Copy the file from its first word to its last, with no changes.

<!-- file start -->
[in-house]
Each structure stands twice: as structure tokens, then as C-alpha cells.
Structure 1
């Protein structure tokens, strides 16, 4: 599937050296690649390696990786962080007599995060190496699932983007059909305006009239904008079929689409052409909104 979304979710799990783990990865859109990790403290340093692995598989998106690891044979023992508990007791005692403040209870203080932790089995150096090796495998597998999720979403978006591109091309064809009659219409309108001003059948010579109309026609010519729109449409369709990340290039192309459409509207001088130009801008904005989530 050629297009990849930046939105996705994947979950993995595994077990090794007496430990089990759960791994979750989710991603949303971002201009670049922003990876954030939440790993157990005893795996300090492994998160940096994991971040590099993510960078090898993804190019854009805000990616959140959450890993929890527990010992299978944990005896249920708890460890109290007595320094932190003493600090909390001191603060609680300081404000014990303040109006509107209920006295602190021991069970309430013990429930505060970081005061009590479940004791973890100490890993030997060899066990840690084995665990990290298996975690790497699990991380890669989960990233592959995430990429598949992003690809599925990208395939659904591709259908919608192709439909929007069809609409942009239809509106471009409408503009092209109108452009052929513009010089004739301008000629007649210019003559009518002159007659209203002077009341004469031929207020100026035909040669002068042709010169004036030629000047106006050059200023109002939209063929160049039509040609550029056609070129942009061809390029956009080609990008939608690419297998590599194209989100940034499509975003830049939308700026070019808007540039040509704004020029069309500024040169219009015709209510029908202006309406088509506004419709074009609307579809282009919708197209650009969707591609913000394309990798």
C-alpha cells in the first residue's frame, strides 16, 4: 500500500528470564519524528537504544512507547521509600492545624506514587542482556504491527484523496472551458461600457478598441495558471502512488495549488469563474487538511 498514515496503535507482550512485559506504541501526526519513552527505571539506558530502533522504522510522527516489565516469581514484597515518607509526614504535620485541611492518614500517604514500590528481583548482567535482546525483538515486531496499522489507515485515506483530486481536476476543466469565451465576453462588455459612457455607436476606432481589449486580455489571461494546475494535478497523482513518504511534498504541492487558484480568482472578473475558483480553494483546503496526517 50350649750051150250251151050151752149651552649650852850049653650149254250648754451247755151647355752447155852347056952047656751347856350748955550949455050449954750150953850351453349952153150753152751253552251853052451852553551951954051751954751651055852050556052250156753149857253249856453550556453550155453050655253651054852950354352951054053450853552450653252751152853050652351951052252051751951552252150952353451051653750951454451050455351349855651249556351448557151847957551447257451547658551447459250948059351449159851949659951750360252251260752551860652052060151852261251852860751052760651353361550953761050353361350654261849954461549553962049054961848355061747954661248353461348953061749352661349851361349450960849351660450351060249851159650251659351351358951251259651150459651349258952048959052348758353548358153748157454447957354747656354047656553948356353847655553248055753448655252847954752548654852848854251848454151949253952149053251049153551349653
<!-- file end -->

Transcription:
[in-house]
Each structure stands twice: as structure tokens, then as C-alpha cells.
Structure 1
């Protein structure tokens, strides 16, 4: 599937050296690649390696990786962080007599995060190496699932983007059909305006009239904008079929689409052409909104 979304979710799990783990990865859109990790403290340093692995598989998106690891044979023992508990007791005692403040209870203080932790089995150096090796495998597998999720979403978006591109091309064809009659219409309108001003059948010579109309026609010519729109449409369709990340290039192309459409509207001088130009801008904005989530 050629297009990849930046939105996705994947979950993995595994077990090794007496430990089990759960791994979750989710991603949303971002201009670049922003990876954030939440790993157990005893795996300090492994998160940096994991971040590099993510960078090898993804190019854009805000990616959140959450890993929890527990010992299978944990005896249920708890460890109290007595320094932190003493600090909390001191603060609680300081404000014990303040109006509107209920006295602190021991069970309430013990429930505060970081005061009590479940004791973890100490890993030997060899066990840690084995665990990290298996975690790497699990991380890669989960990233592959995430990429598949992003690809599925990208395939659904591709259908919608192709439909929007069809609409942009239809509106471009409408503009092209109108452009052929513009010089004739301008000629007649210019003559009518002159007659209203002077009341004469031929207020100026035909040669002068042709010169004036030629000047106006050059200023109002939209063929160049039509040609550029056609070129942009061809390029956009080609990008939608690419297998590599194209989100940034499509975003830049939308700026070019808007540039040509704004020029069309500024040169219009015709209510029908202006309406088509506004419709074009609307579809282009919708197209650009969707591609913000394309990798």
C-alpha cells in the first residue's frame, strides 16, 4: 500500500528470564519524528537504544512507547521509600492545624506514587542482556504491527484523496472551458461600457478598441495558471502512488495549488469563474487538511 498514515496503535507482550512485559506504541501526526519513552527505571539506558530502533522504522510522527516489565516469581514484597515518607509526614504535620485541611492518614500517604514500590528481583548482567535482546525483538515486531496499522489507515485515506483530486481536476476543466469565451465576453462588455459612457455607436476606432481589449486580455489571461494546475494535478497523482513518504511534498504541492487558484480568482472578473475558483480553494483546503496526517 50350649750051150250251151050151752149651552649650852850049653650149254250648754451247755151647355752447155852347056952047656751347856350748955550949455050449954750150953850351453349952153150753152751253552251853052451852553551951954051751954751651055852050556052250156753149857253249856453550556453550155453050655253651054852950354352951054053450853552450653252751152853050652351951052252051751951552252150952353451051653750951454451050455351349855651249556351448557151847957551447257451547658551447459250948059351449159851949659951750360252251260752551860652052060151852261251852860751052760651353361550953761050353361350654261849954461549553962049054961848355061747954661248353461348953061749352661349851361349450960849351660450351060249851159650251659351351358951251259651150459651349258952048959052348758353548358153748157454447957354747656354047656553948356353847655553248055753448655252847954752548654852848854251848454151949253952149053251049153551349653